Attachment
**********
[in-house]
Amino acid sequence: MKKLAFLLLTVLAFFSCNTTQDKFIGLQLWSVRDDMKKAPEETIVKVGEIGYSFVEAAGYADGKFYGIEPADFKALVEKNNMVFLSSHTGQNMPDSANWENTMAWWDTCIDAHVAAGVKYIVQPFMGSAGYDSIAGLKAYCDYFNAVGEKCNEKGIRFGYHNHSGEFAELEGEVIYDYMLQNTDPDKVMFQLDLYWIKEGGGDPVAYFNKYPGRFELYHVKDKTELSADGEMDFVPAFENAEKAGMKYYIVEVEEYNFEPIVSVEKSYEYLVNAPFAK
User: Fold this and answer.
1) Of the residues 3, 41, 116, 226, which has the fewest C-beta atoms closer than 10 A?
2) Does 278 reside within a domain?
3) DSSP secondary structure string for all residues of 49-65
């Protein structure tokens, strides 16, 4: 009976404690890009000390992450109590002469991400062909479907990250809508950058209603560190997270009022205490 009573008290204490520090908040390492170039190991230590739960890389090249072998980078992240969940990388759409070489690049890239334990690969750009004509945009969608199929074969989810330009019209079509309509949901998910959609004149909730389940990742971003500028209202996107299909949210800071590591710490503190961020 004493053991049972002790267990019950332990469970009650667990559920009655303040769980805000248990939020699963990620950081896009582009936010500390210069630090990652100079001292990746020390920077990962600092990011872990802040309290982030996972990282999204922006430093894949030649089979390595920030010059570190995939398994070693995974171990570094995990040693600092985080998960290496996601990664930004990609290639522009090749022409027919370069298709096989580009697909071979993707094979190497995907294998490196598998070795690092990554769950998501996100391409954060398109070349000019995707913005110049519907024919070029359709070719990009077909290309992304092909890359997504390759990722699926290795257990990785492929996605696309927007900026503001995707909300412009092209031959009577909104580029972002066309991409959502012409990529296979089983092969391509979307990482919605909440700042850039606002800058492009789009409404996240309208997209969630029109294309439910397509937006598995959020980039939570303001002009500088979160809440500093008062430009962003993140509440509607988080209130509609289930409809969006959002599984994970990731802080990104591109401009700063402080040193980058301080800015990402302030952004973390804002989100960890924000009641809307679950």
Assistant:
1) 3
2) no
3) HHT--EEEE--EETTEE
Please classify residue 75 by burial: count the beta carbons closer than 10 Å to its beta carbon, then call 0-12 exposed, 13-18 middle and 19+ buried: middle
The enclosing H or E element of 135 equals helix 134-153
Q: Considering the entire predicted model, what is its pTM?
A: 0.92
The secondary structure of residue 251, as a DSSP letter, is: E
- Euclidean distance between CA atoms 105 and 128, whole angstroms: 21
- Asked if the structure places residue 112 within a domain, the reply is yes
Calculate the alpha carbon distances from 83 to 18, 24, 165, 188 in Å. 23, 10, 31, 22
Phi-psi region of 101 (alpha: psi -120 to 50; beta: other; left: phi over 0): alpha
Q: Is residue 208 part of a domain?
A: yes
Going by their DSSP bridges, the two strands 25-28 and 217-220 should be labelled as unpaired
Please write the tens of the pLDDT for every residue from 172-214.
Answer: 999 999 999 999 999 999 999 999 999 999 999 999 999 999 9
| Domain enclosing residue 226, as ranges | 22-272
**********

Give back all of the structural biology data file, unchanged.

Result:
[in-house]
Amino acid sequence: MKKLAFLLLTVLAFFSCNTTQDKFIGLQLWSVRDDMKKAPEETIVKVGEIGYSFVEAAGYADGKFYGIEPADFKALVEKNNMVFLSSHTGQNMPDSANWENTMAWWDTCIDAHVAAGVKYIVQPFMGSAGYDSIAGLKAYCDYFNAVGEKCNEKGIRFGYHNHSGEFAELEGEVIYDYMLQNTDPDKVMFQLDLYWIKEGGGDPVAYFNKYPGRFELYHVKDKTELSADGEMDFVPAFENAEKAGMKYYIVEVEEYNFEPIVSVEKSYEYLVNAPFAK
User: Fold this and answer.
1) Of the residues 3, 41, 116, 226, which has the fewest C-beta atoms closer than 10 A?
2) Does 278 reside within a domain?
3) DSSP secondary structure string for all residues of 49-65
């Protein structure tokens, strides 16, 4: 009976404690890009000390992450109590002469991400062909479907990250809508950058209603560190997270009022205490 009573008290204490520090908040390492170039190991230590739960890389090249072998980078992240969940990388759409070489690049890239334990690969750009004509945009969608199929074969989810330009019209079509309509949901998910959609004149909730389940990742971003500028209202996107299909949210800071590591710490503190961020 004493053991049972002790267990019950332990469970009650667990559920009655303040769980805000248990939020699963990620950081896009582009936010500390210069630090990652100079001292990746020390920077990962600092990011872990802040309290982030996972990282999204922006430093894949030649089979390595920030010059570190995939398994070693995974171990570094995990040693600092985080998960290496996601990664930004990609290639522009090749022409027919370069298709096989580009697909071979993707094979190497995907294998490196598998070795690092990554769950998501996100391409954060398109070349000019995707913005110049519907024919070029359709070719990009077909290309992304092909890359997504390759990722699926290795257990990785492929996605696309927007900026503001995707909300412009092209031959009577909104580029972002066309991409959502012409990529296979089983092969391509979307990482919605909440700042850039606002800058492009789009409404996240309208997209969630029109294309439910397509937006598995959020980039939570303001002009500088979160809440500093008062430009962003993140509440509607988080209130509609289930409809969006959002599984994970990731802080990104591109401009700063402080040193980058301080800015990402302030952004973390804002989100960890924000009641809307679950």
Assistant:
1) 3
2) no
3) HHT--EEEE--EETTEE
Please classify residue 75 by burial: count the beta carbons closer than 10 Å to its beta carbon, then call 0-12 exposed, 13-18 middle and 19+ buried: middle
The enclosing H or E element of 135 equals helix 134-153
Q: Considering the entire predicted model, what is its pTM?
A: 0.92
The secondary structure of residue 251, as a DSSP letter, is: E
- Euclidean distance between CA atoms 105 and 128, whole angstroms: 21
- Asked if the structure places residue 112 within a domain, the reply is yes
Calculate the alpha carbon distances from 83 to 18, 24, 165, 188 in Å. 23, 10, 31, 22
Phi-psi region of 101 (alpha: psi -120 to 50; beta: other; left: phi over 0): alpha
Q: Is residue 208 part of a domain?
A: yes
Going by their DSSP bridges, the two strands 25-28 and 217-220 should be labelled as unpaired
Please write the tens of the pLDDT for every residue from 172-214.
Answer: 999 999 999 999 999 999 999 999 999 999 999 999 999 999 9
| Domain enclosing residue 226, as ranges | 22-272